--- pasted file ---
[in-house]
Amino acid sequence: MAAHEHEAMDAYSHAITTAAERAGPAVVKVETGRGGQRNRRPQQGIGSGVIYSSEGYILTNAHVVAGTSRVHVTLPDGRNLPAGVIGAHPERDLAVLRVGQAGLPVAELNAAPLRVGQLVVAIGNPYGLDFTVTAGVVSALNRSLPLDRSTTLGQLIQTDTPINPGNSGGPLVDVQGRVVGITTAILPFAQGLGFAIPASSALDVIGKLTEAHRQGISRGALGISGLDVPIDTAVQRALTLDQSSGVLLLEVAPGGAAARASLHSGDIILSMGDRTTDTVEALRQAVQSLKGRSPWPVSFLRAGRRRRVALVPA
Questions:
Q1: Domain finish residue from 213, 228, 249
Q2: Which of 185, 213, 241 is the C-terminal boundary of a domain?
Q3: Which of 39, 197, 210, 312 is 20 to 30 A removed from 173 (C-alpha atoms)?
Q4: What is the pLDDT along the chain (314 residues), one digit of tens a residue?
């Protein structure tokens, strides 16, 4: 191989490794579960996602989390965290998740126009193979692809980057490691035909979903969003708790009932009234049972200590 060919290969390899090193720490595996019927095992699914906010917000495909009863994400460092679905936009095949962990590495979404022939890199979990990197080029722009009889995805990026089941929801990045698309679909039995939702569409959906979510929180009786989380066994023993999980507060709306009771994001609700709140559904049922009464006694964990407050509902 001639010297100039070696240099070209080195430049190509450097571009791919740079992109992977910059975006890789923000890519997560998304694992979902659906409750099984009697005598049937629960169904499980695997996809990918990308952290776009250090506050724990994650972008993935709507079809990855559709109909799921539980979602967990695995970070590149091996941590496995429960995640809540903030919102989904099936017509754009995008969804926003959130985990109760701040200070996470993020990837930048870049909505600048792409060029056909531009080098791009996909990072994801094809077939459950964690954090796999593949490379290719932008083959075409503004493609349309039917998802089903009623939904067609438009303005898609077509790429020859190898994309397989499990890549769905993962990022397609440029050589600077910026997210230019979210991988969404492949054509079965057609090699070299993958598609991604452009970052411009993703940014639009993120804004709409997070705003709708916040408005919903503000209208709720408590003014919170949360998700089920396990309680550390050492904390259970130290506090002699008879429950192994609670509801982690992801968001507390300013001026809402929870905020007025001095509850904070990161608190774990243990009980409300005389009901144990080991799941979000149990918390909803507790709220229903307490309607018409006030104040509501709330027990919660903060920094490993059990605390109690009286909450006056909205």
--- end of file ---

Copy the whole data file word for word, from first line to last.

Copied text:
[in-house]
Amino acid sequence: MAAHEHEAMDAYSHAITTAAERAGPAVVKVETGRGGQRNRRPQQGIGSGVIYSSEGYILTNAHVVAGTSRVHVTLPDGRNLPAGVIGAHPERDLAVLRVGQAGLPVAELNAAPLRVGQLVVAIGNPYGLDFTVTAGVVSALNRSLPLDRSTTLGQLIQTDTPINPGNSGGPLVDVQGRVVGITTAILPFAQGLGFAIPASSALDVIGKLTEAHRQGISRGALGISGLDVPIDTAVQRALTLDQSSGVLLLEVAPGGAAARASLHSGDIILSMGDRTTDTVEALRQAVQSLKGRSPWPVSFLRAGRRRRVALVPA
Questions:
Q1: Domain finish residue from 213, 228, 249
Q2: Which of 185, 213, 241 is the C-terminal boundary of a domain?
Q3: Which of 39, 197, 210, 312 is 20 to 30 A removed from 173 (C-alpha atoms)?
Q4: What is the pLDDT along the chain (314 residues), one digit of tens a residue?
């Protein structure tokens, strides 16, 4: 191989490794579960996602989390965290998740126009193979692809980057490691035909979903969003708790009932009234049972200590 060919290969390899090193720490595996019927095992699914906010917000495909009863994400460092679905936009095949962990590495979404022939890199979990990197080029722009009889995805990026089941929801990045698309679909039995939702569409959906979510929180009786989380066994023993999980507060709306009771994001609700709140559904049922009464006694964990407050509902 001639010297100039070696240099070209080195430049190509450097571009791919740079992109992977910059975006890789923000890519997560998304694992979902659906409750099984009697005598049937629960169904499980695997996809990918990308952290776009250090506050724990994650972008993935709507079809990855559709109909799921539980979602967990695995970070590149091996941590496995429960995640809540903030919102989904099936017509754009995008969804926003959130985990109760701040200070996470993020990837930048870049909505600048792409060029056909531009080098791009996909990072994801094809077939459950964690954090796999593949490379290719932008083959075409503004493609349309039917998802089903009623939904067609438009303005898609077509790429020859190898994309397989499990890549769905993962990022397609440029050589600077910026997210230019979210991988969404492949054509079965057609090699070299993958598609991604452009970052411009993703940014639009993120804004709409997070705003709708916040408005919903503000209208709720408590003014919170949360998700089920396990309680550390050492904390259970130290506090002699008879429950192994609670509801982690992801968001507390300013001026809402929870905020007025001095509850904070990161608190774990243990009980409300005389009901144990080991799941979000149990918390909803507790709220229903307490309607018409006030104040509501709330027990919660903060920094490993059990605390109690009286909450006056909205």